The Outcast Blade. Book Review

outcast_bladeTHE OUTCAST BLADE by Jon Courtney Grimwood
Orbit, p/b,432pp, £8.99
Reviewed by Pauline Morgan

At the moment there is a penchant for Historical Fantasy. That is, taking an historical period and setting the story within it. The time and events can be well documented or relatively obscure. They are then twisted to add some fantastical element. In John M. Ford’s classic novel The Dragon Waiting the Princes in the Tower had to be killed because they were vampires. Freda Warrington corrupts known history in The Court of the Midnight King by having the women folk using magic that works. Naomi Novik’s Temeraire series populates the world with very large, intelligent dragons and Chelsea Quinn Yarbro’s vampire, the Count de Saint Germain has surfaced in a number of historical periods. Others either change the future by their characters machinations or put a potential change back onto the right track.

The setting for this, second of Grimwood’s Assassini trilogy is Venice of 1408. This a period when the descendents of Marco Polo rule the City State that has been built on trade. The putative ruler is Alexa, who is a Mongol witch and stands as Regent for her son Marco IV who everyone considers to be simple minded since a childhood fever robbed him of his senses. Her rival is Marco’s uncle Alonzo who believes he should be in charge. It is not just internal politics that has to be taken into consideration. Venice is coveted by outside powers as well. On one side is Sigismund, the Holy Roman Emperor; on the other is the Basilius, Ruler of the Byzantine Empire. They have two ways of annexing Venice; either by conquest or by marriage. This could be the grounds for a straight historical novel but Grimwood cleverly underlies known facts with fantasy elements.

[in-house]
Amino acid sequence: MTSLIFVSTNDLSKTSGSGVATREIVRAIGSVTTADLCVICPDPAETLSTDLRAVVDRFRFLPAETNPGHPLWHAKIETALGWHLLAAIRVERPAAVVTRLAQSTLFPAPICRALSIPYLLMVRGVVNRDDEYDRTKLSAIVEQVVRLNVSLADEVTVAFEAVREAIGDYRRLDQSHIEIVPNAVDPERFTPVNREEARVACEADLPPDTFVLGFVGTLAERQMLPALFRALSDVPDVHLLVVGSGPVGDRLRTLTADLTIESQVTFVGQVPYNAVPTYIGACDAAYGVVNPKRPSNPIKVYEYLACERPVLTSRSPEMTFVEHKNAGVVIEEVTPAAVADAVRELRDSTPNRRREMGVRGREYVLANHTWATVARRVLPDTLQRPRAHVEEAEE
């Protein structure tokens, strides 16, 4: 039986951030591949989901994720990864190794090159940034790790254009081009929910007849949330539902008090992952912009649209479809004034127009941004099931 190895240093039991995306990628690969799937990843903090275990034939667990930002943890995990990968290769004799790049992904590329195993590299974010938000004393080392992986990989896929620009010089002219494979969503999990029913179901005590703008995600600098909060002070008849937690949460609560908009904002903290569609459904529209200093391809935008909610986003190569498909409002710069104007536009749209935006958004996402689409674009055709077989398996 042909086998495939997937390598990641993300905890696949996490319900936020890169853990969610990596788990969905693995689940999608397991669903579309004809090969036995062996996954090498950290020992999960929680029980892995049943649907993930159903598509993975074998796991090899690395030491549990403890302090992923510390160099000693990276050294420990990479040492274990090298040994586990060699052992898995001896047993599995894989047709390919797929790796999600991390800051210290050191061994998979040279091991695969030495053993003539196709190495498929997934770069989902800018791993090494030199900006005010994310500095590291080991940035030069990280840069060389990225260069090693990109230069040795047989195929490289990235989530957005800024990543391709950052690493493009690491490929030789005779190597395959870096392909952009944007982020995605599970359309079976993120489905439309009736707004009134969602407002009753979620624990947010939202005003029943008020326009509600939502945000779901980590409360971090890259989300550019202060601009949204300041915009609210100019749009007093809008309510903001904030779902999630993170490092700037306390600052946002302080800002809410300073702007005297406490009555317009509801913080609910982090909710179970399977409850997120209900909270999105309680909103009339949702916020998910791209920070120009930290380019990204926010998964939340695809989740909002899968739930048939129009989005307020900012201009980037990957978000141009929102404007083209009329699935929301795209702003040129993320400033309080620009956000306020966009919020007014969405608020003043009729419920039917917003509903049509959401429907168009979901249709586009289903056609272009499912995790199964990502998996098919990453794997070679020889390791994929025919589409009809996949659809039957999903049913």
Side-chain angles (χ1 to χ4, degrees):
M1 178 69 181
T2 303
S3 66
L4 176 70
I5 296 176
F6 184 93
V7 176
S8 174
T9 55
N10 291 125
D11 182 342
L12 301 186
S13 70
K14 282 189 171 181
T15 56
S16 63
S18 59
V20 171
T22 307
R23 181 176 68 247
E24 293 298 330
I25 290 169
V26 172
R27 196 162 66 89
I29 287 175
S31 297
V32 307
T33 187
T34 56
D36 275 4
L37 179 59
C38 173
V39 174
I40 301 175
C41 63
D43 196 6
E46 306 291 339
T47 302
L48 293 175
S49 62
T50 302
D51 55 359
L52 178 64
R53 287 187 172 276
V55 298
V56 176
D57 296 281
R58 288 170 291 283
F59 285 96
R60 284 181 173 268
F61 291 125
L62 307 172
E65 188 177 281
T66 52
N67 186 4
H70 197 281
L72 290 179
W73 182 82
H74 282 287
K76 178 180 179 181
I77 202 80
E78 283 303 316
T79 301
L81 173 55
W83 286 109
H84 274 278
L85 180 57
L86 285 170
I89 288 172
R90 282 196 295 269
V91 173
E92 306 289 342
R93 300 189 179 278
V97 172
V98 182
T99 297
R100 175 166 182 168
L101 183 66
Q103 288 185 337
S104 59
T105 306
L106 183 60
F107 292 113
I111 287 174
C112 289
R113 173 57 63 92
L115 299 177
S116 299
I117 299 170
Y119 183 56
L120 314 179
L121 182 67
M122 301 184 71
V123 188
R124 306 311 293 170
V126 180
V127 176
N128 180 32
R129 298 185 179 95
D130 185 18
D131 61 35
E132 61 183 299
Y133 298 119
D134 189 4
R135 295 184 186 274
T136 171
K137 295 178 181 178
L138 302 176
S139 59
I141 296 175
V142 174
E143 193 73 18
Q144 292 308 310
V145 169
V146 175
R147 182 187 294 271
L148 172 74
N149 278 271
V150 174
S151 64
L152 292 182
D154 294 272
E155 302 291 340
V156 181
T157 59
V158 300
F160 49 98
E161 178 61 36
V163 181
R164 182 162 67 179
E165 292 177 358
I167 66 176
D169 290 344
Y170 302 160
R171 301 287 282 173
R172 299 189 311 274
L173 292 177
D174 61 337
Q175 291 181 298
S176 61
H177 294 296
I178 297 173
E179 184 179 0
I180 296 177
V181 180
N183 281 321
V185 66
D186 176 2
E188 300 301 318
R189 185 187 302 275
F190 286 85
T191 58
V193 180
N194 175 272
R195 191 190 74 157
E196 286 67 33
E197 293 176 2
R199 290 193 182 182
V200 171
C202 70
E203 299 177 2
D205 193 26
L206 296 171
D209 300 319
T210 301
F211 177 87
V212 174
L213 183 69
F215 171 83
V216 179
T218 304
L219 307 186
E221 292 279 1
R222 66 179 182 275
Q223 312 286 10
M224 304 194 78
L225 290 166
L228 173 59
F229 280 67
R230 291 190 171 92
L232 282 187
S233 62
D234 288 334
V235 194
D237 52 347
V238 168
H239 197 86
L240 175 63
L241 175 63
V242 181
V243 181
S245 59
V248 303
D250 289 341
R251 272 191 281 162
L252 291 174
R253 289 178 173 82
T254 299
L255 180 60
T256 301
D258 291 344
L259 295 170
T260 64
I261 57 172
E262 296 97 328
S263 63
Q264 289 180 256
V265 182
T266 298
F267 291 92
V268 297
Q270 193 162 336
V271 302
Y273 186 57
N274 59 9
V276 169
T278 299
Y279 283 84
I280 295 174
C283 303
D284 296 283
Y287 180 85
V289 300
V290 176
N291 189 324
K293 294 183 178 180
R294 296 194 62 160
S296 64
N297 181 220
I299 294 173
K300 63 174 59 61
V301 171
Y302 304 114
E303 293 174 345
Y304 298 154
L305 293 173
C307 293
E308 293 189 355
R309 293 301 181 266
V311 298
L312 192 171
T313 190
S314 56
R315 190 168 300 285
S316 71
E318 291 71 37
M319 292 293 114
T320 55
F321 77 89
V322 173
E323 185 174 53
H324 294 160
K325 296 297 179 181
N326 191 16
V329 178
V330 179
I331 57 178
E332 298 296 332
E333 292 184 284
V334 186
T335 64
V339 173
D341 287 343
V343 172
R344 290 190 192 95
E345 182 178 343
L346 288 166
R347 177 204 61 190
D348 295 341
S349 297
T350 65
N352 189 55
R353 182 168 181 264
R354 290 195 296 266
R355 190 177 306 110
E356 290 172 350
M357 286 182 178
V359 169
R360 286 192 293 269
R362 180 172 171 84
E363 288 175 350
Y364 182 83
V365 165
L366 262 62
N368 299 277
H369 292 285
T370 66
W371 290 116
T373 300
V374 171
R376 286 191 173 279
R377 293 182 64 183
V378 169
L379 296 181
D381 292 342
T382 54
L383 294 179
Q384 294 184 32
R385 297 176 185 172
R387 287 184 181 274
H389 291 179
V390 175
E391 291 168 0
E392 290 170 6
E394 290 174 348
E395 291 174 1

The focus of The Outcast Blade are Giulietta, Alexa’s niece and Tycho. In the first volume, The Fallen Blade, Giulietta was artificially inseminated by her uncle Alonso before being shipped off to marry one of his allies. Unfortunately for his plans, she was abducted en route and married to Leopold, Sigismund’s illegitimate son. He declares Giulietta’s son, Leo, as his own. What few are aware of is that Leopold and his brother Frederick are kreighund, elite warriors capable of changing into the form of a wolf. In other novels, he would have been labeled werewolf. Here the term is never mentioned. Similarly, Tycho shuns daylight and is nourished by blood yet the word vampire isn’t associated with him.

For his services to Giulietta and Leopold, Tycho has been knighted and provided with a house of his own in Venice. Tycho is in love with Giulietta. Part of this novel is about his wooing of her, part about his efforts to protect her and her son from the more ambitious members of the family.

This is an excellently crafted novel, full of historically accurate details – it is almost possible to smell the stinking Venice mud. While it would be better to begin with volume one, starting here will provide just as much reading pleasure.